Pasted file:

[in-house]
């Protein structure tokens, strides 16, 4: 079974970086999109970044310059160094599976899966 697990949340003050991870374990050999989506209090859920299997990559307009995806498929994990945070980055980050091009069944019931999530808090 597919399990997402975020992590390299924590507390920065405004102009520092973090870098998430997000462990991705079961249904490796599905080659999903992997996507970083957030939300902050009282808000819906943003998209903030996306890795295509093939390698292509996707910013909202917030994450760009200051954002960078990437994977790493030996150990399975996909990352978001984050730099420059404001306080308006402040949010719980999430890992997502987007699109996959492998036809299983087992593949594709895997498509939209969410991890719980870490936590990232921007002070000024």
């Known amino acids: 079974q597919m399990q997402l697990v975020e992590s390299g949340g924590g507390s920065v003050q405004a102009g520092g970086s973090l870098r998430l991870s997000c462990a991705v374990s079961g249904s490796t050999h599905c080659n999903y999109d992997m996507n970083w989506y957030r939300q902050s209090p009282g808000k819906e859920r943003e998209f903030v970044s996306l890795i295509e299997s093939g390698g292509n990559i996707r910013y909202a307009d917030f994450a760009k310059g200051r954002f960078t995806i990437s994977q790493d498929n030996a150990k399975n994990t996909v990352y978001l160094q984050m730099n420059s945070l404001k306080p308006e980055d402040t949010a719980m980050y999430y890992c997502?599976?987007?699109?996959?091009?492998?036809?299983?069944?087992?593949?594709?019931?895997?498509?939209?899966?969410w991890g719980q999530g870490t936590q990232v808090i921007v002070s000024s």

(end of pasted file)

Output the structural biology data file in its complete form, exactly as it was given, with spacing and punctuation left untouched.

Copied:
[in-house]
């Protein structure tokens, strides 16, 4: 079974970086999109970044310059160094599976899966 697990949340003050991870374990050999989506209090859920299997990559307009995806498929994990945070980055980050091009069944019931999530808090 597919399990997402975020992590390299924590507390920065405004102009520092973090870098998430997000462990991705079961249904490796599905080659999903992997996507970083957030939300902050009282808000819906943003998209903030996306890795295509093939390698292509996707910013909202917030994450760009200051954002960078990437994977790493030996150990399975996909990352978001984050730099420059404001306080308006402040949010719980999430890992997502987007699109996959492998036809299983087992593949594709895997498509939209969410991890719980870490936590990232921007002070000024």
């Known amino acids: 079974q597919m399990q997402l697990v975020e992590s390299g949340g924590g507390s920065v003050q405004a102009g520092g970086s973090l870098r998430l991870s997000c462990a991705v374990s079961g249904s490796t050999h599905c080659n999903y999109d992997m996507n970083w989506y957030r939300q902050s209090p009282g808000k819906e859920r943003e998209f903030v970044s996306l890795i295509e299997s093939g390698g292509n990559i996707r910013y909202a307009d917030f994450a760009k310059g200051r954002f960078t995806i990437s994977q790493d498929n030996a150990k399975n994990t996909v990352y978001l160094q984050m730099n420059s945070l404001k306080p308006e980055d402040t949010a719980m980050y999430y890992c997502?599976?987007?699109?996959?091009?492998?036809?299983?069944?087992?593949?594709?019931?895997?498509?939209?899966?969410w991890g719980q999530g870490t936590q990232v808090i921007v002070s000024s």